Postal service obsessive was a first class male…

The “Man who Posted Himself” was a notorious eccentric from Forest Hill, Lewisham, who was also a pioneer in the niche hobby of autograph hunting. Our regular historian JAN BONDESON, ever on the trail of a good yarn, tells his story.

A few weeks ago, I purchased a heraldic postcard addressed to The Mayor of Edinburgh in March 1905, by the notorious autograph hunter W. Reginald Bray, of 135 Devonshire Road, Forest Hill.

Although there was no Mayor of Edinburgh, there was a Lord Provost, who fills a similar function.

The bonhomous Lord Provost, Sir Robert Cranston, signed the card on the front and returned it to Bray, who put it in his huge collection of autographed postcards.

Brigadier Sir Robert Cranston had a distinguished military career, largely spent in the Volunteer Force, and was a popular Lord Provost from 1903 to 1906.

He died in his house at 19 Merchiston Avenue [it still stands] in October 1923 and is buried in the Grange Cemetery.

Willie Reginald Bray was born in April 1879, the son of the solicitor’s clerk Edmund Henry Bray, of Forest Hill in Kent.

In 1898, He amassed stamps, postmarks, train tickets, and girlfriends, and tried posting an unimaginable array of things, to see whether the post office would deliver them.

Apparently, at the time, the smallest item that could be posted was a bee, and the largest an elephant.

So this eccentric youngster developed a mania with posting curious postcards, and indeed other objects, through the Royal Mail, to have them delivered back to himself.

He stamped and sent some onions, a bicycle pump, a frying pan and an Irish Terrier.

A Churchman’s cigarette card of W.R. Bray

A rabbit skull had the address spelled out on the nasal bone, and the stamps pasted to the back. He also sent out a purse, a slipper, a clothes brush, seaweed, shirt collars, a penny and a turnip – with the address and a message carved into it.

Bray even posted himself through the Royal Mail, being delivered back to Forest Hill without any drama.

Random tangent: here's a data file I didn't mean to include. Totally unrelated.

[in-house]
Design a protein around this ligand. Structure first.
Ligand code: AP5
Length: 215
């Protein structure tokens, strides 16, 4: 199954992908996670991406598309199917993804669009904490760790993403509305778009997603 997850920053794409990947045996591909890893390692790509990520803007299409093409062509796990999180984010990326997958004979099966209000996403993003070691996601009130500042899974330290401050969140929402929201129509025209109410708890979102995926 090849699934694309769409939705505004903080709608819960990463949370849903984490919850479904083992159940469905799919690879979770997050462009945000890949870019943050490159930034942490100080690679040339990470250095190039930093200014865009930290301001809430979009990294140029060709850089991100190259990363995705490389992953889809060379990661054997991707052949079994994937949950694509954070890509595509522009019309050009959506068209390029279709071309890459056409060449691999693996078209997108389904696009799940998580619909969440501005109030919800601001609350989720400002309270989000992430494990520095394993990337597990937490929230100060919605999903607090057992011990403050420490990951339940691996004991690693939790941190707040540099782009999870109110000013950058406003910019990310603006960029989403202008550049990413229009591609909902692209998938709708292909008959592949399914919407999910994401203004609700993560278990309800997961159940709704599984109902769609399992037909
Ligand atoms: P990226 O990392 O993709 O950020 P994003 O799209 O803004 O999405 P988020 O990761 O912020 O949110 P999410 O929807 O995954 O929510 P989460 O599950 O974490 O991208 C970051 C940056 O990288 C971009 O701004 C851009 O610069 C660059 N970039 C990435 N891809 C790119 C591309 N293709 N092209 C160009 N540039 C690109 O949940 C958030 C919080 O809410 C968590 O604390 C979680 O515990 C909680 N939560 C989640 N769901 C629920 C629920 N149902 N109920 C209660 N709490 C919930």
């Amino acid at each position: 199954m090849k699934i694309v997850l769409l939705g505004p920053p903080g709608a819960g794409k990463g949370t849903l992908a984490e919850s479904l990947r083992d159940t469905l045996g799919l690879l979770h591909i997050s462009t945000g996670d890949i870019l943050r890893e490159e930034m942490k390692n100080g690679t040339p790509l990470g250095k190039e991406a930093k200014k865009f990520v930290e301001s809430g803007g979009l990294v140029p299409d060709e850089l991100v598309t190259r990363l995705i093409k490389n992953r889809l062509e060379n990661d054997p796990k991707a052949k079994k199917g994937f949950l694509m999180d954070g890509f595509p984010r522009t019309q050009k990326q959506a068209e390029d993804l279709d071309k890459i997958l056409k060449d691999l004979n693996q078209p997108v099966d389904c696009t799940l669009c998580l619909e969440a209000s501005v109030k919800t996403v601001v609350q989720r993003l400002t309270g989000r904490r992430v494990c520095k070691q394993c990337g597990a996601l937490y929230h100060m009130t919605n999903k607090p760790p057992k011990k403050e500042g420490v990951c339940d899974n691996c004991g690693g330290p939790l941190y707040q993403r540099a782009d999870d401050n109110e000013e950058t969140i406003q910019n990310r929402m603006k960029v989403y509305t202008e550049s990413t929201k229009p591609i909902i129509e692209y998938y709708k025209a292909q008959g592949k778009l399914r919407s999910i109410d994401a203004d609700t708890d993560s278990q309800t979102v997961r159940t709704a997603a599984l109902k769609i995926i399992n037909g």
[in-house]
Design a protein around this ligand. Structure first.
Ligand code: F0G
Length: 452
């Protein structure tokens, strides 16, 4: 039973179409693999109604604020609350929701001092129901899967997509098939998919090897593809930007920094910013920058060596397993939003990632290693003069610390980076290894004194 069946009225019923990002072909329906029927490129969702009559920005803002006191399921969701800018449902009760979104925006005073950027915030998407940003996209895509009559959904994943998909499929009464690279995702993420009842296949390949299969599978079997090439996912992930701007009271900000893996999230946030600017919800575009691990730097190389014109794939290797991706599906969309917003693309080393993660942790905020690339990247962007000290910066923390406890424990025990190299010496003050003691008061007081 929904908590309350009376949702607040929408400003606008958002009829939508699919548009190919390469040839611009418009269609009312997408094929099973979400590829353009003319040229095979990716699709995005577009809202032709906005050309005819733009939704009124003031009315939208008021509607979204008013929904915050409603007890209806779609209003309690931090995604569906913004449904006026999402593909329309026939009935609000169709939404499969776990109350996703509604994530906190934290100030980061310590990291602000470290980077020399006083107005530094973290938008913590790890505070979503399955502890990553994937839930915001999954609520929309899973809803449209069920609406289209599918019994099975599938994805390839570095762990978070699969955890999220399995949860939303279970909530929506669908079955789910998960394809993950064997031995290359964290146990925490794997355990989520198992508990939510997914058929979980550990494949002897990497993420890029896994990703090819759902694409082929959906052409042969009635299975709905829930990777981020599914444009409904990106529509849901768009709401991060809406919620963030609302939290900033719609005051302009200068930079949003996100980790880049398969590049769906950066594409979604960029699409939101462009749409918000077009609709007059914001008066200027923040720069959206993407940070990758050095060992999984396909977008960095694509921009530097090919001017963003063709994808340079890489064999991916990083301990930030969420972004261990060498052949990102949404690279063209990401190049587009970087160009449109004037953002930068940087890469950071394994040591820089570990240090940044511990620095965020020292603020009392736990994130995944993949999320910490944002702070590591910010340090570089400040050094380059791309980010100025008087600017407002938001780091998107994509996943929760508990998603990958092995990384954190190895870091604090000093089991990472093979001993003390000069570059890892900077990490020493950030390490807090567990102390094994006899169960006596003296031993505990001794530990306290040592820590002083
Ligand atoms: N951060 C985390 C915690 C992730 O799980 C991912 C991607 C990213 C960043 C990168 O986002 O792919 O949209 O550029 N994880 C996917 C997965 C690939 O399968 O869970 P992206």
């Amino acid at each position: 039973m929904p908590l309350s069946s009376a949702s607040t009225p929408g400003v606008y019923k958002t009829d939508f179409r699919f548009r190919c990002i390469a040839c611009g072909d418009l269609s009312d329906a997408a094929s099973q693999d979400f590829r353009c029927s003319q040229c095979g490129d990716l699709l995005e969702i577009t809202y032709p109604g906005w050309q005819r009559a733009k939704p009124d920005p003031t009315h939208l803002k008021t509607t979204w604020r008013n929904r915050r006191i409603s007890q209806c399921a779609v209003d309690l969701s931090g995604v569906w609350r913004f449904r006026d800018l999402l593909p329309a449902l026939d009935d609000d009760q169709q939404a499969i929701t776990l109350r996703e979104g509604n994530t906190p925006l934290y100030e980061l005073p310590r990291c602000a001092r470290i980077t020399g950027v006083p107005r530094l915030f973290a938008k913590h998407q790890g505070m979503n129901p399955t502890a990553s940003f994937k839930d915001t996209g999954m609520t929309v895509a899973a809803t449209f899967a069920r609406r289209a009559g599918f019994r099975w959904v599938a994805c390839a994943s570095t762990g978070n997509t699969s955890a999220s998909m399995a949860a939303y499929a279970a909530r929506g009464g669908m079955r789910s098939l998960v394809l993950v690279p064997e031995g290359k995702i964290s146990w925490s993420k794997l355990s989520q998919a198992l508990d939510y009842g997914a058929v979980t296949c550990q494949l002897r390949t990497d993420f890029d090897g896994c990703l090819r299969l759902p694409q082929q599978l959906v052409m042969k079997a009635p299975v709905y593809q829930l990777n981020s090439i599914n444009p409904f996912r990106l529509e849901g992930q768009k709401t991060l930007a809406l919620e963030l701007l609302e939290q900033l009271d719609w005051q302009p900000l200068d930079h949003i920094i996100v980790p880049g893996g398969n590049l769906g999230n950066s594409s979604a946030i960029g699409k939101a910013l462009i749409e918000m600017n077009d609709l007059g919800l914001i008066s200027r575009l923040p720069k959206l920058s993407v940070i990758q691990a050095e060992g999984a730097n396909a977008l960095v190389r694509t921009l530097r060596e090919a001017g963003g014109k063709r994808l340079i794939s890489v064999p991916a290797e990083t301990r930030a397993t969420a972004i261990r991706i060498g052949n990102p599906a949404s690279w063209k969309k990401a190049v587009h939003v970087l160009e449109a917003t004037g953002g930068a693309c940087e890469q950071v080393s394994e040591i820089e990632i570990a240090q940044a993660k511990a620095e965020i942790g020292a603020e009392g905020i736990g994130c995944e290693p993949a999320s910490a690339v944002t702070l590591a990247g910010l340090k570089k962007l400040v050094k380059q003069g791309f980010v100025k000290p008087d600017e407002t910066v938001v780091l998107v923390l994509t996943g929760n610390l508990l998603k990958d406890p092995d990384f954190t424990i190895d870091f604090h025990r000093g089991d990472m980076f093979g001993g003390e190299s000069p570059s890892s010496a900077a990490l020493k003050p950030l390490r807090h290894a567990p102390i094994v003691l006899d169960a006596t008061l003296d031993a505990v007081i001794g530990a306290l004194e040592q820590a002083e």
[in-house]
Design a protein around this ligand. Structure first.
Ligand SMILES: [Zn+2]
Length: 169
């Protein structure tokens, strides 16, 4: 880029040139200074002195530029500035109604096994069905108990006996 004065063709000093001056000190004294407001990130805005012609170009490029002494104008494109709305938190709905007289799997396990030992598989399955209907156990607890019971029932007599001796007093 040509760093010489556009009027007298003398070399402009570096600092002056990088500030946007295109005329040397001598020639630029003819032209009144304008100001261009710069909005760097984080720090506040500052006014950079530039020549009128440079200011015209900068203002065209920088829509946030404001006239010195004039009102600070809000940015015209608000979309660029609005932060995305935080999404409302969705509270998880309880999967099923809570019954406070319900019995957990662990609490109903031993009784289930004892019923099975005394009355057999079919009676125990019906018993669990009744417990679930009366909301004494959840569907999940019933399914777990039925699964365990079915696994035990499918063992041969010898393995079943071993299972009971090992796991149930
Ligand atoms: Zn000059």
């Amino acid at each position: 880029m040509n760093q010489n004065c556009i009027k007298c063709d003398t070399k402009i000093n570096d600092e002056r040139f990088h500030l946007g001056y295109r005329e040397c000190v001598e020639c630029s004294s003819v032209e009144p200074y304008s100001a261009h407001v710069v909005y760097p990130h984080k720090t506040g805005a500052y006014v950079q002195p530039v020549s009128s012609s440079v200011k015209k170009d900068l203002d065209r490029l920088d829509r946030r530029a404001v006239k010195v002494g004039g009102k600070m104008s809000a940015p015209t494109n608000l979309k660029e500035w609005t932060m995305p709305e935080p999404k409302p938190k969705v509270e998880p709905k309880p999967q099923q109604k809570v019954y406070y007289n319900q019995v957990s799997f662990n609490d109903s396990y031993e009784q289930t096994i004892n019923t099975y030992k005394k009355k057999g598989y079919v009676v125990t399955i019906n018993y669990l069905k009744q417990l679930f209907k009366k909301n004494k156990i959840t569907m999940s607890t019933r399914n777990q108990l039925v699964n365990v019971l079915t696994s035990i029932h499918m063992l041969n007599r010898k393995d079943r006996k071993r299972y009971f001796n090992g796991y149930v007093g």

He sometimes addressed his postcards in rhyme, sometimes in mirror writing – they were duly delivered – cards addressed to Santa Claus Esq. or to Any Resident of London was returned as being insufficiently addressed, nor did he get away with an attempt to send a postcard all around the world for just a penny postage.

W. Reginald Bray married Mabel Louisa Hargreaves in 1908 and had the daughter Phyllis Mabel, born in 1910.

He worked as an accountant and lived a contented suburban life in Lewisham.

With time, his obsession with the workings of the Royal Mail changed into a fanatical pursuit of autographs.

He sent thousands of postcards to famous or notorious people all over the world, asking for them to be autographed and then returned to him.

Major-Generals French and Lyttleton, both on active service against the Boers, found the time to sign and return his cards, but Winston Churchill and President Kruger, of Transvaal, both refused.

As the years went by, he added autographs of General Nogi of the Imperial Japanese Army, the Marquess of Dufferin and Ava who had served as Viceroy of India, Charlie Chaplin, Gary Cooper, Laurence Olivier and Maurice Chevalier to his collection.

Using newspaper cuttings, he sometimes approached people of more humble rank, amassing autographs of stationmasters, hotel owners, lighthouse keepers and hermits.

From Germany, General Gerd von Rundstedt and Nazi official Franz Bracht both returned autographs, but Adolf Hitler sternly refused.

Although Bray wrote to him five times, the obdurate Führer refused to supply an autograph, having his Kanzlei writing back to the collector that such activities were beneath the dignity of Germany’s great dictator.

W. Reginald Bray kept on leading his quiet suburban life until the end, ending up in Croydon where he died from a myocardial infarction in 1939.

He had treasured his immense collection of autographs until the end; it has been estimated that he sent off 30,000 requests for autographs, of which half were responded to.

He had indeed been Britain’s unchallenged autograph king, as he styled himself in his later letters.

After his death, his collection was dispersed and many of the cards may well have been lost.

I had never heard of this obsessive collector until I spotted the card signed by the Lord Provost of Edinburgh, put up for sale for £4 on eBay.

I snapped it up without delay.

Main Pic: The postcard sent to the Mayor of Edinburgh




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